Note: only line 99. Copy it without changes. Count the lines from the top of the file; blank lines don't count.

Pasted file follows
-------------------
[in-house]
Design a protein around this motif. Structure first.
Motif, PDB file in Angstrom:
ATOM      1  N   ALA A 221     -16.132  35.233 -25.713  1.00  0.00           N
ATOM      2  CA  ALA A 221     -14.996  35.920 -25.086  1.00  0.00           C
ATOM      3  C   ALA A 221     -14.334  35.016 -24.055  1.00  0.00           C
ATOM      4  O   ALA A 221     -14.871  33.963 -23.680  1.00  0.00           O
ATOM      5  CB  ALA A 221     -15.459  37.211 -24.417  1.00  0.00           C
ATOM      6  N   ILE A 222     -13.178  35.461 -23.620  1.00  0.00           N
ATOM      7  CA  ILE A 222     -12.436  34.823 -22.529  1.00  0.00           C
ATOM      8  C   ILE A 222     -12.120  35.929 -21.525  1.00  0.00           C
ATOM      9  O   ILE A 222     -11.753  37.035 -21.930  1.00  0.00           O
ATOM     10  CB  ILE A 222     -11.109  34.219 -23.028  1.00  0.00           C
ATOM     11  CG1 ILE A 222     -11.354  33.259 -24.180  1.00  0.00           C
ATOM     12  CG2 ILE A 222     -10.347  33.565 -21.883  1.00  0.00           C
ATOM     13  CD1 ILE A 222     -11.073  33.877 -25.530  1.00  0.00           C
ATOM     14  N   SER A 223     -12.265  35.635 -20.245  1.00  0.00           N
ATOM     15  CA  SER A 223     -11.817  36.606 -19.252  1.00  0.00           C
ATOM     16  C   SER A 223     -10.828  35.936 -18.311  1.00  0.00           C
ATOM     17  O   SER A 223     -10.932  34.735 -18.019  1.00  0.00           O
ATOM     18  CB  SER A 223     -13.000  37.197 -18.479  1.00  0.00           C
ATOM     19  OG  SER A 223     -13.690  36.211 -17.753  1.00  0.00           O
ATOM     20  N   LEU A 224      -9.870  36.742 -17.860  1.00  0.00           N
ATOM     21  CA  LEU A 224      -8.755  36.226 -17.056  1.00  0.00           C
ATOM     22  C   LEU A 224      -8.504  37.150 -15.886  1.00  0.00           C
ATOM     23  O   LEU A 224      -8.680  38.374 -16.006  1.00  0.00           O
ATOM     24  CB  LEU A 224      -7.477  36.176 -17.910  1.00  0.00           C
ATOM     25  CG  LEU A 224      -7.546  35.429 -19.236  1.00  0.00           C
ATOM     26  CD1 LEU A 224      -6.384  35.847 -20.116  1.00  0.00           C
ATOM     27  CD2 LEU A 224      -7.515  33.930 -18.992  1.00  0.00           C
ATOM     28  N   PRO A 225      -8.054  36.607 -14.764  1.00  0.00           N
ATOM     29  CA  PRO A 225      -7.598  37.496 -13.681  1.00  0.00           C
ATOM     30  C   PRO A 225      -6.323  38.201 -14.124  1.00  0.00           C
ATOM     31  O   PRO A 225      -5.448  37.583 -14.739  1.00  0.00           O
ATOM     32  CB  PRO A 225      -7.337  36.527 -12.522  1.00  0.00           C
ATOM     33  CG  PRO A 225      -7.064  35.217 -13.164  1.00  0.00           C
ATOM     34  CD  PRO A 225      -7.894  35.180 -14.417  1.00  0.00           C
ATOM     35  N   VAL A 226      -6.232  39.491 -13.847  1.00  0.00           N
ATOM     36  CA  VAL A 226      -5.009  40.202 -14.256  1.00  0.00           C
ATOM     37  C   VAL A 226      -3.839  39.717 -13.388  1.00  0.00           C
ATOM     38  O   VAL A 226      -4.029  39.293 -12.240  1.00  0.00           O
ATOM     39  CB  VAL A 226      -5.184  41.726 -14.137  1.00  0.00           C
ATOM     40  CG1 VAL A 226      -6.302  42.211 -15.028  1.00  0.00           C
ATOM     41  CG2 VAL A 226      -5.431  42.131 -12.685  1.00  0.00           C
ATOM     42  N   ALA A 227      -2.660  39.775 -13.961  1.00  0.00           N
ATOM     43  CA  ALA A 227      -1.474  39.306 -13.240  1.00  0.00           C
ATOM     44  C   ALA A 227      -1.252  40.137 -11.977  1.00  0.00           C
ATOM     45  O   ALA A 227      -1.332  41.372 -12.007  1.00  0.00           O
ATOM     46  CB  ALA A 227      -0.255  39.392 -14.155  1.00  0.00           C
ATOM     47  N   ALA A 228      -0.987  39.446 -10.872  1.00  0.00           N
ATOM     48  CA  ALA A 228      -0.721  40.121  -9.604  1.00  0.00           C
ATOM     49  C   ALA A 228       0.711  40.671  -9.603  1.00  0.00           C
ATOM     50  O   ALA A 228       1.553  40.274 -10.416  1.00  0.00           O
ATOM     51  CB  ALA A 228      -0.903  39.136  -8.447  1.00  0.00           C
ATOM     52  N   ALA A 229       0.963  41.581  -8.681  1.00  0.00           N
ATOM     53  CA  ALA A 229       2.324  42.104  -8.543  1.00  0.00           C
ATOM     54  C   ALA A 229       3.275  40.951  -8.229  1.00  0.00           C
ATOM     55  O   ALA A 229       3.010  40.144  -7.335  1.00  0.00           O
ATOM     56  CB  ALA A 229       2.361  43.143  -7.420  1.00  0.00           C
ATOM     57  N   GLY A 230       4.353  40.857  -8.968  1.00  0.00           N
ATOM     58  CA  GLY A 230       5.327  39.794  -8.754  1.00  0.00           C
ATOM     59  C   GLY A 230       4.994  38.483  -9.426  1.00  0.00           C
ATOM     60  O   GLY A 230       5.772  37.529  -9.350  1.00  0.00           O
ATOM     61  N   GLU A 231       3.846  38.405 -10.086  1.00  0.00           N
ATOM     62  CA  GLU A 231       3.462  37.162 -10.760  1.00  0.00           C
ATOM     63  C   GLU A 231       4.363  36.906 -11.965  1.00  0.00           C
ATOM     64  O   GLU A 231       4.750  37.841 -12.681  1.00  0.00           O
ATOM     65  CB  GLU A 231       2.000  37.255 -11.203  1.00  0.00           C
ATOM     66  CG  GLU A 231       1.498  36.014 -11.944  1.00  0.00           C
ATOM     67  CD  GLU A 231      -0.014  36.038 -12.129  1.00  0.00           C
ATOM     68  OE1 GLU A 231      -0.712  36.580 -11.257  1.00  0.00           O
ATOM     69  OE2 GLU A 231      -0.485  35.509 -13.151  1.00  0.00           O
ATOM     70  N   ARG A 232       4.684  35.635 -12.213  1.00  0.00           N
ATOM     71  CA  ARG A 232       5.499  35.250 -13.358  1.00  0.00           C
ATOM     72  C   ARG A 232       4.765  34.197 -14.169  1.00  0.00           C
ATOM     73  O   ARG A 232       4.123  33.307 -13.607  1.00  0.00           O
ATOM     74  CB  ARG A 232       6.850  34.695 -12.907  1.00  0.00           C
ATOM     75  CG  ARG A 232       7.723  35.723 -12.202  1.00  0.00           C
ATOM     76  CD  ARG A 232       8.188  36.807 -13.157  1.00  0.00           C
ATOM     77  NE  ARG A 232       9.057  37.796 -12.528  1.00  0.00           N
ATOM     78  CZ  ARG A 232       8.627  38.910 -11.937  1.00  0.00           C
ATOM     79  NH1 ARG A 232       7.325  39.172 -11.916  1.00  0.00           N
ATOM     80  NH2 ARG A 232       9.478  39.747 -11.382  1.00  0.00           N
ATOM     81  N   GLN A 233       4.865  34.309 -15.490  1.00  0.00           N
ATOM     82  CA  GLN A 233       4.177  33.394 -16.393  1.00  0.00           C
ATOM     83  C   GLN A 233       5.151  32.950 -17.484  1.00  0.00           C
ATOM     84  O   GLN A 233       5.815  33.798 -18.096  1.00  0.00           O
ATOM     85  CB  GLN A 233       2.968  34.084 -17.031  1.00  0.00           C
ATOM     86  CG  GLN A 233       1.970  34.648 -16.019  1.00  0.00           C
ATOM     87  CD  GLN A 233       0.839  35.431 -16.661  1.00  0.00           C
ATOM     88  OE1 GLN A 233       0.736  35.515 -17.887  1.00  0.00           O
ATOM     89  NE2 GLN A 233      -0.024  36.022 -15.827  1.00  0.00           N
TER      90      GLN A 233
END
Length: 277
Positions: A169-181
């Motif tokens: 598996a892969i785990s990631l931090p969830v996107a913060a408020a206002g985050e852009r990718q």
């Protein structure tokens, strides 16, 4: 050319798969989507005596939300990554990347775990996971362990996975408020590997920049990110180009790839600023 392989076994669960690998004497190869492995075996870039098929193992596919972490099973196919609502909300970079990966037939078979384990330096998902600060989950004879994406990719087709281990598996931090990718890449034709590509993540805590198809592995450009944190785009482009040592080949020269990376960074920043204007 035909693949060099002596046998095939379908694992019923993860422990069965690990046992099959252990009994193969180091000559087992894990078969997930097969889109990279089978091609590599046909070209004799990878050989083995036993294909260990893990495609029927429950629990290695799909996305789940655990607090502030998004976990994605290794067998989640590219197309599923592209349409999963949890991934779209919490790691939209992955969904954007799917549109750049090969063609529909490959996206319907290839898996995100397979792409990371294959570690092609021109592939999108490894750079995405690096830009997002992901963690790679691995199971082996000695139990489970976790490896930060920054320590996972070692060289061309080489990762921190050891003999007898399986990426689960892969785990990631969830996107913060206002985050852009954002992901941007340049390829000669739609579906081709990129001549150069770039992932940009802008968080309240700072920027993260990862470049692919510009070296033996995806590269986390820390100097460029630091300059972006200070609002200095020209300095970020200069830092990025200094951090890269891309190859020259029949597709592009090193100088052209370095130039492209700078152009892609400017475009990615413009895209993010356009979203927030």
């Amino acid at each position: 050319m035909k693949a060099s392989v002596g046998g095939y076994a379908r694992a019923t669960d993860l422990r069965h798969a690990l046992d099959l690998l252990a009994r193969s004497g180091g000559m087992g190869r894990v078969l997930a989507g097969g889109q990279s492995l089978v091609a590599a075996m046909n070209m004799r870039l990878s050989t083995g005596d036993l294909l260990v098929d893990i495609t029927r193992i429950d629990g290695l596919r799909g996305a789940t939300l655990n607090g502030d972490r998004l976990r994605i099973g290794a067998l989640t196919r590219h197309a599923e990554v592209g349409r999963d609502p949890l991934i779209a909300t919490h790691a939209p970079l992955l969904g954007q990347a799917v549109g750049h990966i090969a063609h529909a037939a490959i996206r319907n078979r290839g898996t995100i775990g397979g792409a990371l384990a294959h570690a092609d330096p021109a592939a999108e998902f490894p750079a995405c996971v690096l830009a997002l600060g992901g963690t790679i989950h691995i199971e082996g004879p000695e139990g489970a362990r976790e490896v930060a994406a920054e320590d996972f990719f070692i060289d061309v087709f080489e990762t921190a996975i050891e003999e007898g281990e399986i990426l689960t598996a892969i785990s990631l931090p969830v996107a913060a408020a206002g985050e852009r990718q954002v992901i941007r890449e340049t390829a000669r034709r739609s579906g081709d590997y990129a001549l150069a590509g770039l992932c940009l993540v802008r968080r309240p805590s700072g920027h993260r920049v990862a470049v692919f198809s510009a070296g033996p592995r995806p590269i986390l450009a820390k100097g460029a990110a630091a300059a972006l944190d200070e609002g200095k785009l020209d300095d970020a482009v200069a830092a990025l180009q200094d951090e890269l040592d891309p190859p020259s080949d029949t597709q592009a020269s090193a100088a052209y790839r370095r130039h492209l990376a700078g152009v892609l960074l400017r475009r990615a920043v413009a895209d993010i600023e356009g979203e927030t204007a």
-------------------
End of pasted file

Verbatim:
């Amino acid at each position: 050319m035909k693949a060099s392989v002596g046998g095939y076994a379908r694992a019923t669960d993860l422990r069965h798969a690990l046992d099959l690998l252990a009994r193969s004497g180091g000559m087992g190869r894990v078969l997930a989507g097969g889109q990279s492995l089978v091609a590599a075996m046909n070209m004799r870039l990878s050989t083995g005596d036993l294909l260990v098929d893990i495609t029927r193992i429950d629990g290695l596919r799909g996305a789940t939300l655990n607090g502030d972490r998004l976990r994605i099973g290794a067998l989640t196919r590219h197309a599923e990554v592209g349409r999963d609502p949890l991934i779209a909300t919490h790691a939209p970079l992955l969904g954007q990347a799917v549109g750049h990966i090969a063609h529909a037939a490959i996206r319907n078979r290839g898996t995100i775990g397979g792409a990371l384990a294959h570690a092609d330096p021109a592939a999108e998902f490894p750079a995405c996971v690096l830009a997002l600060g992901g963690t790679i989950h691995i199971e082996g004879p000695e139990g489970a362990r976790e490896v930060a994406a920054e320590d996972f990719f070692i060289d061309v087709f080489e990762t921190a996975i050891e003999e007898g281990e399986i990426l689960t598996a892969i785990s990631l931090p969830v996107a913060a408020a206002g985050e852009r990718q954002v992901i941007r890449e340049t390829a000669r034709r739609s579906g081709d590997y990129a001549l150069a590509g770039l992932c940009l993540v802008r968080r309240p805590s700072g920027h993260r920049v990862a470049v692919f198809s510009a070296g033996p592995r995806p590269i986390l450009a820390k100097g460029a990110a630091a300059a972006l944190d200070e609002g200095k785009l020209d300095d970020a482009v200069a830092a990025l180009q200094d951090e890269l040592d891309p190859p020259s080949d029949t597709q592009a020269s090193a100088a052209y790839r370095r130039h492209l990376a700078g152009v892609l960074l400017r475009r990615a920043v413009a895209d993010i600023e356009g979203e927030t204007a």